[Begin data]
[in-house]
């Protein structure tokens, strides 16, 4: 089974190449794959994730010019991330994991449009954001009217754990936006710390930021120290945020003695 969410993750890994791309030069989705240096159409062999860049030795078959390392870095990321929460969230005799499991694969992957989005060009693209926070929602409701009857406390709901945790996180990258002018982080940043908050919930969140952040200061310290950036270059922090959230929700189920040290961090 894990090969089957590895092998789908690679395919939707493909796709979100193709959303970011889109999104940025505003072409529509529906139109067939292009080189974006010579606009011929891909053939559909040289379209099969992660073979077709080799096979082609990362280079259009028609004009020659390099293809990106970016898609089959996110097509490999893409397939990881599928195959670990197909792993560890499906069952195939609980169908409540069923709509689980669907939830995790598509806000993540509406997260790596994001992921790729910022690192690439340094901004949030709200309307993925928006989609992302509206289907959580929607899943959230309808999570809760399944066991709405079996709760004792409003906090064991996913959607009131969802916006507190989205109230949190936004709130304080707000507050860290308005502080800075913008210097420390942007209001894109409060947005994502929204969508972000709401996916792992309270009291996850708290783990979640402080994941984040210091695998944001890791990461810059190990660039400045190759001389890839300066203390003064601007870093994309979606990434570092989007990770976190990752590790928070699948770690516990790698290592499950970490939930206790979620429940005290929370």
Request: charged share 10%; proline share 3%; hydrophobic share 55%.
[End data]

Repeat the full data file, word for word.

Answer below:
[in-house]
């Protein structure tokens, strides 16, 4: 089974190449794959994730010019991330994991449009954001009217754990936006710390930021120290945020003695 969410993750890994791309030069989705240096159409062999860049030795078959390392870095990321929460969230005799499991694969992957989005060009693209926070929602409701009857406390709901945790996180990258002018982080940043908050919930969140952040200061310290950036270059922090959230929700189920040290961090 894990090969089957590895092998789908690679395919939707493909796709979100193709959303970011889109999104940025505003072409529509529906139109067939292009080189974006010579606009011929891909053939559909040289379209099969992660073979077709080799096979082609990362280079259009028609004009020659390099293809990106970016898609089959996110097509490999893409397939990881599928195959670990197909792993560890499906069952195939609980169908409540069923709509689980669907939830995790598509806000993540509406997260790596994001992921790729910022690192690439340094901004949030709200309307993925928006989609992302509206289907959580929607899943959230309808999570809760399944066991709405079996709760004792409003906090064991996913959607009131969802916006507190989205109230949190936004709130304080707000507050860290308005502080800075913008210097420390942007209001894109409060947005994502929204969508972000709401996916792992309270009291996850708290783990979640402080994941984040210091695998944001890791990461810059190990660039400045190759001389890839300066203390003064601007870093994309979606990434570092989007990770976190990752590790928070699948770690516990790698290592499950970490939930206790979620429940005290929370």
Request: charged share 10%; proline share 3%; hydrophobic share 55%.